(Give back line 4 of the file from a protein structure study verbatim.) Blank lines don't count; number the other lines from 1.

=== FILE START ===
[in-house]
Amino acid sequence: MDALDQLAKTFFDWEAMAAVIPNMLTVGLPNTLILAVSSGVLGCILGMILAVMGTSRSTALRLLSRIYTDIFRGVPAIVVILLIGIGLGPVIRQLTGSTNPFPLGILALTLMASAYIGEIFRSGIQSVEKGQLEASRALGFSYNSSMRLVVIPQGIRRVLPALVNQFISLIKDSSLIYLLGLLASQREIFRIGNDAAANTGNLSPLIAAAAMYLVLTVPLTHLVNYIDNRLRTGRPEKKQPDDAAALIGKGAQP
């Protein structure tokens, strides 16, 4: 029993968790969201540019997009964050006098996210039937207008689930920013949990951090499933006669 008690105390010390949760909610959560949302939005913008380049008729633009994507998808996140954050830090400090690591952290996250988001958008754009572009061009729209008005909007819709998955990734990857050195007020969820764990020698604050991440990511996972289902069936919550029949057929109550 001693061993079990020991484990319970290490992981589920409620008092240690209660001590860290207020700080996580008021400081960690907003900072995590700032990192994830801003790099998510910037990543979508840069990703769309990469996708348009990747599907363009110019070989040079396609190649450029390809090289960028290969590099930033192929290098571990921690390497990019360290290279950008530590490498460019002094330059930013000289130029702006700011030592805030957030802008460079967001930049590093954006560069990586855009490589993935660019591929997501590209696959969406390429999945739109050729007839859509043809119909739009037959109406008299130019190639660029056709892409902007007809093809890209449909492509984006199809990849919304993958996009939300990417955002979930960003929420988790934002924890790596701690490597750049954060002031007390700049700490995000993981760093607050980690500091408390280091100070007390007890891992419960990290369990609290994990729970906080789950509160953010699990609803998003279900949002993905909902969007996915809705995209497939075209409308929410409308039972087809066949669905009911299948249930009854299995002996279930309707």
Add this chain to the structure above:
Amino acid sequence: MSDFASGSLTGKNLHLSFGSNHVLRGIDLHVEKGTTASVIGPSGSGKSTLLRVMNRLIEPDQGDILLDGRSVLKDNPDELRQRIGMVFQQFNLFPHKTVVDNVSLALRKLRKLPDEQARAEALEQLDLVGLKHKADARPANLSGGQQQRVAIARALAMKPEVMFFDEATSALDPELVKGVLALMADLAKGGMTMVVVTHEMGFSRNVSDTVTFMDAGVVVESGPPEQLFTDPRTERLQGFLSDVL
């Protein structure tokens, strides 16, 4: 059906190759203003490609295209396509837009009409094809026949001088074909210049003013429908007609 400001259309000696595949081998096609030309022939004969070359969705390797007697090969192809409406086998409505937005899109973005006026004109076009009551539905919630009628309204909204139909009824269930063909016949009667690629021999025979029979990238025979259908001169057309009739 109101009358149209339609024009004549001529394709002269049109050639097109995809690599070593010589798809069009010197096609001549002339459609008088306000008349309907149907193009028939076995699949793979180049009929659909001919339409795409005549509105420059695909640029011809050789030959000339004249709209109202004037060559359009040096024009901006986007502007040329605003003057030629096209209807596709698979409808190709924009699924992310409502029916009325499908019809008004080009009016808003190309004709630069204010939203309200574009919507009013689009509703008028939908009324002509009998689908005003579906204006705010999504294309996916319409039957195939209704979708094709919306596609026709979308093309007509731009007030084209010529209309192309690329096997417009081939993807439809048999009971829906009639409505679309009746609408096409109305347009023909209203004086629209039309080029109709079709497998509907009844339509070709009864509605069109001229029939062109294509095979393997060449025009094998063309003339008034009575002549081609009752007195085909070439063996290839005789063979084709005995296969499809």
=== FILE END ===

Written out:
Add this chain to the structure above: